Another HOT Post

Peter Samuels at TollRoadNews writes this about Randall Pozdena (ECONorthwest) take on our HOT Study (previously discussed at TollRoadNews). Average value of time saved irrelevant to toll express lanes – Randall Pozdena ECONorthwest :

“2013-08-30: It’s not the average value of time saved (VoTS) that’s relevant to users of toll express lanes running alongside free lanes. It’s the higher time saved values of a small proportion of trips that choose the express lanes that determines how much the minority using express lanes will pay – the VOTS of the top decile or two of the distribution of total trips in the corridor.

Randall Pozdena, managing director and senior economist at ECONorthwest in Portland OR makes this point in comment on our reporting of a University of Minnesota study of motorist behavior on the 394 and 35W toll express lanes in the Minneapolis area by Michael Janson and David Levinson. We’d reported the researchers’ surprise at the very high values of time saved they’d observed in the Minneapolis toll lanes  – that drivers in express lanes regularly pay $1 to $2 per minute saved, or $60 to $120/hour.

That compares to full tollroad average driver payments of $15 to $30/hour.

The main thrust of our report was on the Janson-levinson discovery that toll rates can have a definite proxy effect – high rates being seen as a proxy indication of high congestion shifting the demand curve to the right.

But the other newsworthy findings of the study seemed to be the very high VOTS measured and the Janson-Levinson explanation that motorists may have an exaggerated sense of the time they save. They are behaving with imperfect knowledge, and systematically biased perception of what time saving they’re buying.

Pozdena sees it quite differently.

He says people using toll express lanes are acting rationally and while their knowledge is imperfect he sees no systematic misperception.

‘In a toll express lane setting, implicit values of time are very likely to be that high ($1 to $2/minute saved.)  The reason is that the ‘conventional’ value of time is actually an average, but in the real world, there is a log-normal distribution around that average that reflects not only the distribution of income, but also the urgency of the trip at the instant.  Thus, the users who self-select to pay to join the toll express lane are drawn selectively from the UPPER TAIL of the VoT distribution, and would not be expected to display average values of time.’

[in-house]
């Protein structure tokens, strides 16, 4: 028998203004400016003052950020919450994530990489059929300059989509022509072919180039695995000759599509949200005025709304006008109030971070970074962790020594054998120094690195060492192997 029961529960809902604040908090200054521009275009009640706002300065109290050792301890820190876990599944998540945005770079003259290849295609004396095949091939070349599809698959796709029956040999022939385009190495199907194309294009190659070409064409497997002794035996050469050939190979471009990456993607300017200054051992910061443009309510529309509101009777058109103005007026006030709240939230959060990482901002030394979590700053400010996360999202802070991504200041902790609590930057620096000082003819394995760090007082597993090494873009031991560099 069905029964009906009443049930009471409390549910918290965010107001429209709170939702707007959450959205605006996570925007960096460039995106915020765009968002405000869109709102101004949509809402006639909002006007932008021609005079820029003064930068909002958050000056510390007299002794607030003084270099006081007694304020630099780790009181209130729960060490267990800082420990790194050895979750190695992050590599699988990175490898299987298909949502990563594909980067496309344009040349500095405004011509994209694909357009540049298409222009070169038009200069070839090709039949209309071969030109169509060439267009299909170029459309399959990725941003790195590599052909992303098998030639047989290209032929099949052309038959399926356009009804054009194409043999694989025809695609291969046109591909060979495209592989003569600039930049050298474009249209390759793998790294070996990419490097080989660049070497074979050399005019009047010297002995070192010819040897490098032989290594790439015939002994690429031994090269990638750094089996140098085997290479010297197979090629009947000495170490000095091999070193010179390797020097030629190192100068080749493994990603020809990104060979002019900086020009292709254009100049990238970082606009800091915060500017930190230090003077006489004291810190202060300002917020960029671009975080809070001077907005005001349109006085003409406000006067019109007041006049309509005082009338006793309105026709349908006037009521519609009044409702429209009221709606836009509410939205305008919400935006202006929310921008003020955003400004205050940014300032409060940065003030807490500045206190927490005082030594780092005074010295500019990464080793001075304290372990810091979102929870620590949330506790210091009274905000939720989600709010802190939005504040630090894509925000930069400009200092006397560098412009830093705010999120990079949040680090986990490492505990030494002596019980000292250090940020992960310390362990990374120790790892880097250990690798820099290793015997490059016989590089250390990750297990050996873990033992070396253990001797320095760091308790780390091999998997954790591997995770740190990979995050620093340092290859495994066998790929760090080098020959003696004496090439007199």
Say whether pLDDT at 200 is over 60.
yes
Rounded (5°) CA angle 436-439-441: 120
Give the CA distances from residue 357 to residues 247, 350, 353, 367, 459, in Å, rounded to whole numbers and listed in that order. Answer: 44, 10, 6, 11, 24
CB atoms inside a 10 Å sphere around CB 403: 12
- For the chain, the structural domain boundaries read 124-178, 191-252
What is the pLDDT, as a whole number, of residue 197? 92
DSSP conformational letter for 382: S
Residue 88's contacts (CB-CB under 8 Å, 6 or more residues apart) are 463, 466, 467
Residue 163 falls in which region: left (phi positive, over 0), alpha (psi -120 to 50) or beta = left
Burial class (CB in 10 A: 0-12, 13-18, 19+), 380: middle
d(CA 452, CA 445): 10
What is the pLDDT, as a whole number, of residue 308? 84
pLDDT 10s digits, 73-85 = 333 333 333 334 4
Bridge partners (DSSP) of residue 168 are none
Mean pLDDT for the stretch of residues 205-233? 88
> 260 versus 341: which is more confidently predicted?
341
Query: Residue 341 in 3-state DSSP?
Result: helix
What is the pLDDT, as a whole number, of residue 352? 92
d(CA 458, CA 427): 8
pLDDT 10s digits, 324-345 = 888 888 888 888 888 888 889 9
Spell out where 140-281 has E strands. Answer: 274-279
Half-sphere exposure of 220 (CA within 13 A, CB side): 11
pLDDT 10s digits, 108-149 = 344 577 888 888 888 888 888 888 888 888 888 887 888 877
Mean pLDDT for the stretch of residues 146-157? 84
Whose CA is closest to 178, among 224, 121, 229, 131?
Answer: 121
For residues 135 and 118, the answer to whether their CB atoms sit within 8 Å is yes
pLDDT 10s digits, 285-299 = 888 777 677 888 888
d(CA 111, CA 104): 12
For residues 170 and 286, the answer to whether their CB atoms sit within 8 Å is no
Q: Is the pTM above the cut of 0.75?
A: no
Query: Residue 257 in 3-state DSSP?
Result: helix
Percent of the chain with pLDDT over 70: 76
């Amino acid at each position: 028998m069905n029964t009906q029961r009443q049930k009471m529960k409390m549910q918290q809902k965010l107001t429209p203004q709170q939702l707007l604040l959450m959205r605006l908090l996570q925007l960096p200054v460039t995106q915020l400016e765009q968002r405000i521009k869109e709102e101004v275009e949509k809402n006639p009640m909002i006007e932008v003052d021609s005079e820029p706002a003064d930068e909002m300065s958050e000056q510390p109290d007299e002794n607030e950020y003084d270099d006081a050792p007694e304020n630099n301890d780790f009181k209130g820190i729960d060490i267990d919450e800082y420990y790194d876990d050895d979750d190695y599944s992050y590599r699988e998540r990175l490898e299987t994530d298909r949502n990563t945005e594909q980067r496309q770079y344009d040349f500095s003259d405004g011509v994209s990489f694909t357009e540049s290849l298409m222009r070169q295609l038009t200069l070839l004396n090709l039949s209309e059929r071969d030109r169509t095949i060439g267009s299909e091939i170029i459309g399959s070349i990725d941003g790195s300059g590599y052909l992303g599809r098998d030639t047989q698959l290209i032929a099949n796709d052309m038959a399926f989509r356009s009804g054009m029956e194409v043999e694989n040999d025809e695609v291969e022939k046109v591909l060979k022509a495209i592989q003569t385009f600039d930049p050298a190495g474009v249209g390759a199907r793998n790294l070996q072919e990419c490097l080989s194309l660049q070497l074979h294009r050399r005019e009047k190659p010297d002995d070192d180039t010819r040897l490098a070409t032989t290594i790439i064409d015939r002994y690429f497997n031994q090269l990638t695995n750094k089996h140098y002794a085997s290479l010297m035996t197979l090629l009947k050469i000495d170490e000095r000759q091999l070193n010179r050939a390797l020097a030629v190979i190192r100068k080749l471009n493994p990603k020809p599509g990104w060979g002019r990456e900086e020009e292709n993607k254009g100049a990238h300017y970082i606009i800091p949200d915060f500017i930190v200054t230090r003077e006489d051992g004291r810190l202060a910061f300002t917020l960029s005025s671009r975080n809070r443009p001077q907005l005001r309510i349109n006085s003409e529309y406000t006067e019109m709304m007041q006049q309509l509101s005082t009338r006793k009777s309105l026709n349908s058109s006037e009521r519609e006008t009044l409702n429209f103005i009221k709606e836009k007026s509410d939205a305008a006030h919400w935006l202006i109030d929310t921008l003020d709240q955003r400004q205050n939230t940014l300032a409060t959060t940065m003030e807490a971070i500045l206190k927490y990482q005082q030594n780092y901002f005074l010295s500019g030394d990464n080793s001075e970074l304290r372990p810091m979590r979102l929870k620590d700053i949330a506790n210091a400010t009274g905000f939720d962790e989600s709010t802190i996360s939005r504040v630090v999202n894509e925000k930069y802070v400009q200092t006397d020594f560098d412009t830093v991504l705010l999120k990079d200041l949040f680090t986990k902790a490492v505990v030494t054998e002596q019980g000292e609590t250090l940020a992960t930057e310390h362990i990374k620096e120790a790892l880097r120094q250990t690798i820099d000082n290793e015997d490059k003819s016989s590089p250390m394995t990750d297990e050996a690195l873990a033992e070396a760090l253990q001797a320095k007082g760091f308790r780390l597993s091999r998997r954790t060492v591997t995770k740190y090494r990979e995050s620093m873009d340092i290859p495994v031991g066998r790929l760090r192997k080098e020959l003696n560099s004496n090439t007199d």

He says ECONorthwest has developed a model for toll optimization model that is based on calculating the shape of the distribution of values of time.

‘We take the regional model average VoT and form a distribution around that mean in a key step in the data flow called ‘VoT Transform.’  

He adds that at ECONorthwest they ‘routinely find our model predicting that the MARGINAL value of time of those who are skimmed off to the HOT lane is several multiples of the AVERAGE value of time, and the average of those above this cutoff would be even higher.  Thus, I don’t think that one can conclude that HOT lane users think they are getting ‘greater time savings’ than they really are.  They are just the folks with long-tail values of time.’

Pozdena says the proxy effect is not a problem if the pricing system is working as it should and prices according to density of vehicles. It is conveying good information to motorists about conditions they can expect.”

Obviously there is a long-tail (one cannot have a value of time below zero, but one can have a value of time of $200/h). Further, people using the toll lanes must have a higher value of time than those who do not use the lanes, at that time. The question is the composition of rational and fully-informed travelers vs. misperception (for which, contra Pozdena, we do have evidence) vs. emotionality vs. concern about reliability vs. principal agent problems (someone else’s money) vs. any of the other factors that influence route choice and lane choice. These are all components in the choice of different individuals, and we don’t know enough to accurately ascribe the choice to each component.

I shriek the wail of every scientists: more research is needed.

One thought on “Another HOT Post”

  1. With in-vehicle technology like Inrix (and competing applications), it is now possible for a motorist to “see” congestion far ahead. Combine that with knowing what the price for use of the managed lanes (which is generally disclosed on signs in advance of entrances to those lanes) are, motorists can make an informed decision. With apologies to the former New Jersey-based clothing chain Syms, “an educated motorist is the best customer of managed lanes.”

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